Superman Week 2013: William Kotzwinkle’s Superman III novelization (1983)
It’s Day 3 of Superman Week. I convinced CT over at Nerd Lunch and Robert over at To The Escape Hatch to join along. So leap in a single bound over to those wonderful blogs and see what Superman content they are offering up this week.
For Superman Week in 2006 (“celebrating” Superman Returns), I reviewed all of the Christopher Reeve Superman movies. So, for the release of this new Superman movie, I thought I’d go back and read the novelizations to two of those same movies. There weren’t novelizations of the first two Reeve Superman movies most likely due to a clause in screenwriter Mario Puzo’s contract that forbade anyone other than him from writing the novelizations. But for whatever reason, Puzo never got around to writing the books. So Warner Books only released novelizations for the second two movies. I looked forward to reading these novelizations because I love the two Superman sequels in a retarded sort of way and I wanted to see if there was any more awesomely insane weirdness in the books.
So, today, let’s take a look at the novelization to Superman III.
Written by William Kotzwinkle, the guy who also wrote the ET novelization. The overall structure of the movie story is intact in the novelization. The biggest difference with the book is that Kotzwinkle adds a sh*t ton of internal dialogue by nearly every character, but mostly Superman/Clark and Gus Gorman (Richard Pryor). Many of the internal monologues are weird and in the case of Superman/Clark, completely against character. A lot of Clark’s internalized conversations are him saying how he could fly someone he doesn’t like to the moon and leave them there. You know, stuff like, “If only you knew I was Superman…” or “If I could, I would <fill in the blank with some super powered vengeance>”. I’m fairly certain these are supposed to setup the evil Superman later in the book, but I wasn’t buying it. It was against everything you think about Clark and Superman.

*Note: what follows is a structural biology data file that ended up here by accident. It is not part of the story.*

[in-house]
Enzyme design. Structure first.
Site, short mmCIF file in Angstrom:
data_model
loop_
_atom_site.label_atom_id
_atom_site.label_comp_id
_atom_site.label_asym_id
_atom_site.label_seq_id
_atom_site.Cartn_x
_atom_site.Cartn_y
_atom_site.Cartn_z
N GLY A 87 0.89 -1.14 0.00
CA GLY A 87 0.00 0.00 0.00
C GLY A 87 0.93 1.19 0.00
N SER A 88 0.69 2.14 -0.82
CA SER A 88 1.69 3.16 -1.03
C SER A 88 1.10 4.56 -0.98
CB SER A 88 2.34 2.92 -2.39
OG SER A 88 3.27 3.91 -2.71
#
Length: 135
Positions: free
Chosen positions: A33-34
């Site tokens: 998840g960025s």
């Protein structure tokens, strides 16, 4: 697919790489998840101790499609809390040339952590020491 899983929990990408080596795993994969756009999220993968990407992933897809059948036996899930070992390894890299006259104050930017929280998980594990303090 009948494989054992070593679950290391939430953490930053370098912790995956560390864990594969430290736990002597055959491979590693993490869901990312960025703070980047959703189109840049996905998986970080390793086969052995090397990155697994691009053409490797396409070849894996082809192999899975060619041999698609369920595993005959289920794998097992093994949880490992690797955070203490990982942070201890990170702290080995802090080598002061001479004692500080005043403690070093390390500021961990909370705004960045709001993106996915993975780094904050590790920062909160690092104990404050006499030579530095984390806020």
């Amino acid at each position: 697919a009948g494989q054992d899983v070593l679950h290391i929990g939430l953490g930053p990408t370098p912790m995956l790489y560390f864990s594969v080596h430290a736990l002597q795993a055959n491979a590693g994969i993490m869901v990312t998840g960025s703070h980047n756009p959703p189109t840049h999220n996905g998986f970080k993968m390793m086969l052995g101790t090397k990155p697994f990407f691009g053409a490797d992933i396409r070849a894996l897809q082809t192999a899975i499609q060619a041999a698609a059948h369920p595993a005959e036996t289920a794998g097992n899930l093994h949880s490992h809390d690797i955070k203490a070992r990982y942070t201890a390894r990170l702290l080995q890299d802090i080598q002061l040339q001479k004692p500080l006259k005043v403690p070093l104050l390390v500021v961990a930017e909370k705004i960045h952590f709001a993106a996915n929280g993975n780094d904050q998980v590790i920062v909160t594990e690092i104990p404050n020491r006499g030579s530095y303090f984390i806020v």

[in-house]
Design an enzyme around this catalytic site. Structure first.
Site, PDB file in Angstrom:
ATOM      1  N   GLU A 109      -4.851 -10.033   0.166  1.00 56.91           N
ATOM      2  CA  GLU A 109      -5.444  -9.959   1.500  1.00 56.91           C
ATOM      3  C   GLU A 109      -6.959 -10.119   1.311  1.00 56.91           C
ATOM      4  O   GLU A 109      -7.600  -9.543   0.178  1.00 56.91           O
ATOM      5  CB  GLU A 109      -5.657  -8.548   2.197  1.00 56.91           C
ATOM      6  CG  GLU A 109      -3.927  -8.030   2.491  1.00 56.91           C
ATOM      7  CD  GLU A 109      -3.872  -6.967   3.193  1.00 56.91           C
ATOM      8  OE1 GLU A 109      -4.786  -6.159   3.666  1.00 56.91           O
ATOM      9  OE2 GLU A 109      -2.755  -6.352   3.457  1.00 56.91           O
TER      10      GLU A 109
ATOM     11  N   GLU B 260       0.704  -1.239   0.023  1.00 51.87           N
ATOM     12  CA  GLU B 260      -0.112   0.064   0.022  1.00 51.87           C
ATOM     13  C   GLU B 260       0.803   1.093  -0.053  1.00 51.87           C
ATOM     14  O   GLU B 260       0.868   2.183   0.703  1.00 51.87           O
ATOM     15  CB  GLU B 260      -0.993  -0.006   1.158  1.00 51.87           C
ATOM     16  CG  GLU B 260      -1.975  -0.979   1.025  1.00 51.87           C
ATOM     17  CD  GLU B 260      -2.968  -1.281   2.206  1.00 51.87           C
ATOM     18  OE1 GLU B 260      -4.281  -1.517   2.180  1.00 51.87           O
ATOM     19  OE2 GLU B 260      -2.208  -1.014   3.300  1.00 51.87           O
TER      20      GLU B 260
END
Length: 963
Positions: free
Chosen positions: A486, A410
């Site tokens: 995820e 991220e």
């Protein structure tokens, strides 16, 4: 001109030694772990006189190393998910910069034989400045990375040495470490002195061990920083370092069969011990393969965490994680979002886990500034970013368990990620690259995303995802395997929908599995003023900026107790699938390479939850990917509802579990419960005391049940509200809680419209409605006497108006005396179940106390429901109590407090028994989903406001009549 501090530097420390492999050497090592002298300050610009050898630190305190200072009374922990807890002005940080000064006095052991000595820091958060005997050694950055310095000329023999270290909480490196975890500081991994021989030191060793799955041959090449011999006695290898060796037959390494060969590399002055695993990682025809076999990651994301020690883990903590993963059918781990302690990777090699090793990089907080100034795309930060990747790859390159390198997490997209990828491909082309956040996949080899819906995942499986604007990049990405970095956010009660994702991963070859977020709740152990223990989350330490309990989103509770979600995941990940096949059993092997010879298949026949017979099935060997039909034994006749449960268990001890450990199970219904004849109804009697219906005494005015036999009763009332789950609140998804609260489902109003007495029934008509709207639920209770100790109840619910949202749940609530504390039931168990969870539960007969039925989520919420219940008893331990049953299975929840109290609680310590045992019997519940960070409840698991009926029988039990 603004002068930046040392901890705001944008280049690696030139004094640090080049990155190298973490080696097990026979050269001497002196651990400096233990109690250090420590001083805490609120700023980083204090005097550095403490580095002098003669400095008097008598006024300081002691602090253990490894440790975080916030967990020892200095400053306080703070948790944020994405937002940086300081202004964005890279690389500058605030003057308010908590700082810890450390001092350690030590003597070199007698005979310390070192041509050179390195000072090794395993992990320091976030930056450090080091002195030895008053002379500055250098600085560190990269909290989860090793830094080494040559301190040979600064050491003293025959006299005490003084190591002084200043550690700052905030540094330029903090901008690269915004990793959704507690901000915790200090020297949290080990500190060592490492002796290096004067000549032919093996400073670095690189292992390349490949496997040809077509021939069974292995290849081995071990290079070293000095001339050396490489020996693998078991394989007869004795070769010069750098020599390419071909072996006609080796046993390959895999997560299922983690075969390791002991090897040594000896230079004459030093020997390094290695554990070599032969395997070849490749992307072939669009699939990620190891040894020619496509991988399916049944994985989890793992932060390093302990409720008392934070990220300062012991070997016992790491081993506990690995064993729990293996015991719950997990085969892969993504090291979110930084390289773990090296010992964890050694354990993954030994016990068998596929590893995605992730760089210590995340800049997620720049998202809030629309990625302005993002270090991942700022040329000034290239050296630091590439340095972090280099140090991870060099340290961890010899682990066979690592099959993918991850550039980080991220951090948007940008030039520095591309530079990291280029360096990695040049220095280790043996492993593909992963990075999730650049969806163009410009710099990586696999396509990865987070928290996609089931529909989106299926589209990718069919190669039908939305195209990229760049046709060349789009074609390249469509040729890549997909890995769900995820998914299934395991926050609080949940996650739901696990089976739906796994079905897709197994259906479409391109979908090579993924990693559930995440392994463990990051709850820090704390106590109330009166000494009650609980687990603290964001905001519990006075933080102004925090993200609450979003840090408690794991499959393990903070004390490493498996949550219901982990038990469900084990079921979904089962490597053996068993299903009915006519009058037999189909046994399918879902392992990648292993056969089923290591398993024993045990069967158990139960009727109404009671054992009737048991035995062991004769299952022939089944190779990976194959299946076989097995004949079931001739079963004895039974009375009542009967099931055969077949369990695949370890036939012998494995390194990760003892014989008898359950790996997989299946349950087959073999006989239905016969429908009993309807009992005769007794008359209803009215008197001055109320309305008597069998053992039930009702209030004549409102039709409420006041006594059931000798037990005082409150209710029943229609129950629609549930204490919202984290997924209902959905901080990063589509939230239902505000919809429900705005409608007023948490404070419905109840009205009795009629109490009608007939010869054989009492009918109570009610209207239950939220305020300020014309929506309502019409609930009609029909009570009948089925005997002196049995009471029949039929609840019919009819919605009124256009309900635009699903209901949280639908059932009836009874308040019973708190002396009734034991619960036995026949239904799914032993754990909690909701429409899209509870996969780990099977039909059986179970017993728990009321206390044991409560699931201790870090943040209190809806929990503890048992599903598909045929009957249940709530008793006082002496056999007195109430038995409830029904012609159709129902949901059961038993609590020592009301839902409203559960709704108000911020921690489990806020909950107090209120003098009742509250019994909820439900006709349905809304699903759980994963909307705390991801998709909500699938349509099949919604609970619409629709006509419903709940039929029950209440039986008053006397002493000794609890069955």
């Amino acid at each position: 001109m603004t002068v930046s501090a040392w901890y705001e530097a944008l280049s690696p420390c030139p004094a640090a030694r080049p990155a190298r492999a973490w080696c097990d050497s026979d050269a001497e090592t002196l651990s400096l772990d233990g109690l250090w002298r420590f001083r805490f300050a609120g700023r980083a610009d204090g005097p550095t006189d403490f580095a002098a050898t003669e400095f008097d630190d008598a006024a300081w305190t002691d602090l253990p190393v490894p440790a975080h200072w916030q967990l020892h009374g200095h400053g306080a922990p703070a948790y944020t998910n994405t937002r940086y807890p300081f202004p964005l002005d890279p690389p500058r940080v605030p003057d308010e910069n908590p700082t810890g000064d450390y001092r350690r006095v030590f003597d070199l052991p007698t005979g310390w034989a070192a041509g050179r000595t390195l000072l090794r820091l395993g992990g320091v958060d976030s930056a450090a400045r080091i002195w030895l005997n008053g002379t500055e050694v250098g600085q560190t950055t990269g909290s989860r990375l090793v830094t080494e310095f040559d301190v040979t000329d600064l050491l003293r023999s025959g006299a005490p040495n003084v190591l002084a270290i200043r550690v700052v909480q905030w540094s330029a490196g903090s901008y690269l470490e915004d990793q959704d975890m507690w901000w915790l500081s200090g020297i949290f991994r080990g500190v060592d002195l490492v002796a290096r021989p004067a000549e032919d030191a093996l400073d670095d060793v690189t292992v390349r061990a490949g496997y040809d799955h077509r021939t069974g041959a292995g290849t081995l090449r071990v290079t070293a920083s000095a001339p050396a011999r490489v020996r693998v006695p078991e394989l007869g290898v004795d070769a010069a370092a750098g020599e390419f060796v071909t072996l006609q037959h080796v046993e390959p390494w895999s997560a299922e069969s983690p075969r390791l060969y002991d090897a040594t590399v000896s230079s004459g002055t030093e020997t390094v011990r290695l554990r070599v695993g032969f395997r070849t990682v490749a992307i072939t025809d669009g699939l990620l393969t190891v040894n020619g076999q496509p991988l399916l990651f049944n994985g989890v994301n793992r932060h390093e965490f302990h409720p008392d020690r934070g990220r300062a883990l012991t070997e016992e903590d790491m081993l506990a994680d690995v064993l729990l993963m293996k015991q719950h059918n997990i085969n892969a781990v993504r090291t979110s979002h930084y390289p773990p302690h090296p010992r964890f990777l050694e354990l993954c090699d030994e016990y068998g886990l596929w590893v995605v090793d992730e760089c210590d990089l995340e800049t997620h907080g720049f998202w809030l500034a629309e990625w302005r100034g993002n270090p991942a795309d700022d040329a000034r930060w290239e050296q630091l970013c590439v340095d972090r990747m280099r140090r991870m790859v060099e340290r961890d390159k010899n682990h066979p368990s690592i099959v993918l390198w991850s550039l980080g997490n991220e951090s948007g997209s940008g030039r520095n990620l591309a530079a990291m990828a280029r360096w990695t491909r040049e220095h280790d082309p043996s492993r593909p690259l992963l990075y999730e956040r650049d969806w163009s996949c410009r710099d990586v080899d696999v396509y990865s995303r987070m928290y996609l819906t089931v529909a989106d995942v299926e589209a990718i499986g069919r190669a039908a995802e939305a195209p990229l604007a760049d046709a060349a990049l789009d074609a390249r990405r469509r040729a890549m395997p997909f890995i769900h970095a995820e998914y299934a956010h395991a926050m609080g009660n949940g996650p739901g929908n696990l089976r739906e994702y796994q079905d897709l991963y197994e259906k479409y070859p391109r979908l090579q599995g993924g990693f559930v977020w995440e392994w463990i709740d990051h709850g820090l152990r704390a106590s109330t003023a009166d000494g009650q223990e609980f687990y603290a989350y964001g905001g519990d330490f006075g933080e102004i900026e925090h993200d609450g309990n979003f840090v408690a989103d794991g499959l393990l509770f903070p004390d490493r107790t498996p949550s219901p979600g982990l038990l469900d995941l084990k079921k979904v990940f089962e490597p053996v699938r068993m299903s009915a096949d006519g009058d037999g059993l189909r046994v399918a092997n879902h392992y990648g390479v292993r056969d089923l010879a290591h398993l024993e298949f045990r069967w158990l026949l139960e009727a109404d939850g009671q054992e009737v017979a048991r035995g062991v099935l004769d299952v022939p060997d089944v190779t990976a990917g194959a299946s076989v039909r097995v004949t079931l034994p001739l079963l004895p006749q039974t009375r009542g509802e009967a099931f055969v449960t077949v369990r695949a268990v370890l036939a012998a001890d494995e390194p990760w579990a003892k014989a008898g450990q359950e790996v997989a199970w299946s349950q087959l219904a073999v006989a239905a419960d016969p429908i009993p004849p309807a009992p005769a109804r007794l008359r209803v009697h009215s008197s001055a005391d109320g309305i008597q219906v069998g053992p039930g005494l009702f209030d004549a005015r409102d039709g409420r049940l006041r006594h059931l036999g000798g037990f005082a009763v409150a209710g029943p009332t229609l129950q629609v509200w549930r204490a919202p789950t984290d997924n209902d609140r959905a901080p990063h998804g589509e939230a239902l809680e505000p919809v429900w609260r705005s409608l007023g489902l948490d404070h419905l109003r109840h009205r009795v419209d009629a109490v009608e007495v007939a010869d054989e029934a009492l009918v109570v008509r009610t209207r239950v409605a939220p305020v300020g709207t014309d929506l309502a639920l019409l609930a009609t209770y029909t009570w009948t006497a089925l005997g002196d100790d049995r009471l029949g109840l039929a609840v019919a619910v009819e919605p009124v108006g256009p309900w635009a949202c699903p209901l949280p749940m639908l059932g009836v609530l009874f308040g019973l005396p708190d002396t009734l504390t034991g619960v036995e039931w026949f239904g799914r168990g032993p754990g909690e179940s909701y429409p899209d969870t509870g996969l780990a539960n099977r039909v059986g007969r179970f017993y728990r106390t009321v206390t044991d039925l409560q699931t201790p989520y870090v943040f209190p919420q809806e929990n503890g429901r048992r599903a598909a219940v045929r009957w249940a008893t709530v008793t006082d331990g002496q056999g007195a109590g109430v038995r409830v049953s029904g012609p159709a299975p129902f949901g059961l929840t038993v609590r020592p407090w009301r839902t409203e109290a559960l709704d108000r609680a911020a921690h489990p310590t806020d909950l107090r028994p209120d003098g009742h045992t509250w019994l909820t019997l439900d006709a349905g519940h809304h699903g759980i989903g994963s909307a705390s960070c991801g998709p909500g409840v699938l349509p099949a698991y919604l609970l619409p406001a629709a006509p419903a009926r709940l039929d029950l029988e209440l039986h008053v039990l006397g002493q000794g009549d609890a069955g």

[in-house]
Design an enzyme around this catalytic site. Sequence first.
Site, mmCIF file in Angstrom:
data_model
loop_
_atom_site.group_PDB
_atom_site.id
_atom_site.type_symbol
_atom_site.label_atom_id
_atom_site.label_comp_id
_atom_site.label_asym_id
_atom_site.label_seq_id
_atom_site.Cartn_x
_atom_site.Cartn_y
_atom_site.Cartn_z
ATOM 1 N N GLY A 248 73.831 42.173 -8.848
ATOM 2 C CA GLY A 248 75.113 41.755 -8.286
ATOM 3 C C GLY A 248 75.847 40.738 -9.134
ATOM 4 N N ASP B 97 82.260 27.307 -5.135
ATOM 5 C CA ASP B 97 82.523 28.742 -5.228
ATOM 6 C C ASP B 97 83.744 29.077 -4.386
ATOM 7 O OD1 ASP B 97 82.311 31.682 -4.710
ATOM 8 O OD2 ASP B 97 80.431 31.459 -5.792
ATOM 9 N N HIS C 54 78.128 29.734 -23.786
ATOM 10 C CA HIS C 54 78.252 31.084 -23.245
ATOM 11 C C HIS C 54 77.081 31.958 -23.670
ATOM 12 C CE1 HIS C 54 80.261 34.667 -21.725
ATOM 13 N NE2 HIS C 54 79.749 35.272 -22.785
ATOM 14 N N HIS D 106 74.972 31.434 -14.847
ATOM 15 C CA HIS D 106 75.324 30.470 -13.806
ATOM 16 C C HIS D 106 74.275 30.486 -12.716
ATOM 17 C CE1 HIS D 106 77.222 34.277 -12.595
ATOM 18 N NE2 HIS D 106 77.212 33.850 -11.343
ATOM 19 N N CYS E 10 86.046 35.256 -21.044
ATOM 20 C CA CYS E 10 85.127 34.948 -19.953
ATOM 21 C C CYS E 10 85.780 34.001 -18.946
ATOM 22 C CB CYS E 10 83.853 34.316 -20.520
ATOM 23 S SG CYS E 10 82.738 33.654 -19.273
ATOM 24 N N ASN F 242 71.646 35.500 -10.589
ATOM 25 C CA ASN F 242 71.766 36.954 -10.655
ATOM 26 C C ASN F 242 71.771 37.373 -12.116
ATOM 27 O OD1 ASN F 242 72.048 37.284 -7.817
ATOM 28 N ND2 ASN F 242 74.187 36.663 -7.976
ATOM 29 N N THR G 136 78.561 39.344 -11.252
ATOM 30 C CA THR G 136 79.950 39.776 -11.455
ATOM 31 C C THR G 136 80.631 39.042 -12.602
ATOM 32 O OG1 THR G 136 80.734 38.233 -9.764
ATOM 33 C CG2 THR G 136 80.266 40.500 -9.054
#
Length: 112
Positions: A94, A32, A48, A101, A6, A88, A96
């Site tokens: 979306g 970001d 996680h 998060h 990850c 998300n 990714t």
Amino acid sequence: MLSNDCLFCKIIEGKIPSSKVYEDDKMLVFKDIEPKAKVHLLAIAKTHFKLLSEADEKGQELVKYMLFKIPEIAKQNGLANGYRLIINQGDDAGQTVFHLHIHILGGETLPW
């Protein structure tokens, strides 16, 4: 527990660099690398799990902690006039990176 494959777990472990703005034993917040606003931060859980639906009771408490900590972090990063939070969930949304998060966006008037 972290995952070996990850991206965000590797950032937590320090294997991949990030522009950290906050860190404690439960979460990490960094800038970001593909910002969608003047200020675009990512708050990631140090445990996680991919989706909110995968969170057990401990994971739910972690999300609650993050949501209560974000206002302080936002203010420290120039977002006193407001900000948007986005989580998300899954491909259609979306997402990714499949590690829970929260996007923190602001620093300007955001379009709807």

And as for Gus Gorman. Ugh. I didn’t really like Pryor’s character in the movie. Pryor did good with what he was given, but the character was dumb. This guy who can’t hold a steady job discovers that he’s some idiot savant when it comes to “computers”. What? And it’s even worse in the book. It’s made more clear in the novel that Gus literally has no idea what he’s doing or how he’s doing it. It’s like all of his computer skills are some sort of super power he can only barely control. Pryor makes the character somewhat likeable, but you don’t have that luxury in the novel. And it’s painfully clear that Pryor ad-libbed many of his lines in the movie because in the book, the dialogue for Gus might be some of the worst written crap I’ve ever read. Filled with weird late 70s-early 80s colloquialisms that make no sense. Pryor must have agreed because in the movie, he gets the same information across but in a better way.
As for the villains, the characters of Ross and Vera Webster and Lorelei aren’t much better in this novel than they were in the movie. Their back stories are fleshed out a little. We get that Vera is fiercely protective of her brother and craves his approval in everything she does. There are even a few flashbacks to their childhood. Lorelei, is still mostly one dimensional. A poor man’s Miss Tessmacher. She’s pretty and the book expands a bit more on the fact that Lorelei is actually smarter than everyone thinks she is. But it’s honestly to no further end.
Unfortunately, there’s no extra story to the evil Superman stuff. I was hoping we’d get more scenes, but we really don’t. Although, the book does say that Superman’s suit turns fully black and his eyes glow green. THAT is pretty awesome and I wish the movie would have taken it the whole way.
The book’s climax is essentially the same. Not really much to add. No further explanation about how Gus came up with the Super Computer idea. It’s essentially taken from drawings on napkins to fully realized in the cave. Who developed the AI software the computer runs on? Gus? He acts like he’d never seen the computer before when he walks into the cave after riding the donkey down the mountain. Don’t you think he would have supervised the entire construction? When the computer shoots the “correct” Kryptonite ray at Supes, how does the computer synthesize the .052% of unknown in the chemical makeup? It’s UNKNOWN to humans. Stuff like this needed a better explanation.
I was very disappointed with this book. I love movie novelizations and it’s rare that I don’t actually enjoy one. Especially if I like the movie. I didn’t like this and I can’t recommend it.
If you want a peak into the Superman III movie that could have been, take a glance at this unused Ilya Salkind story treatment. Prepare for appearances by Supergirl, Brainiac and Mr Mxzyptlk. It’s weird, but I think it could have been spectacular.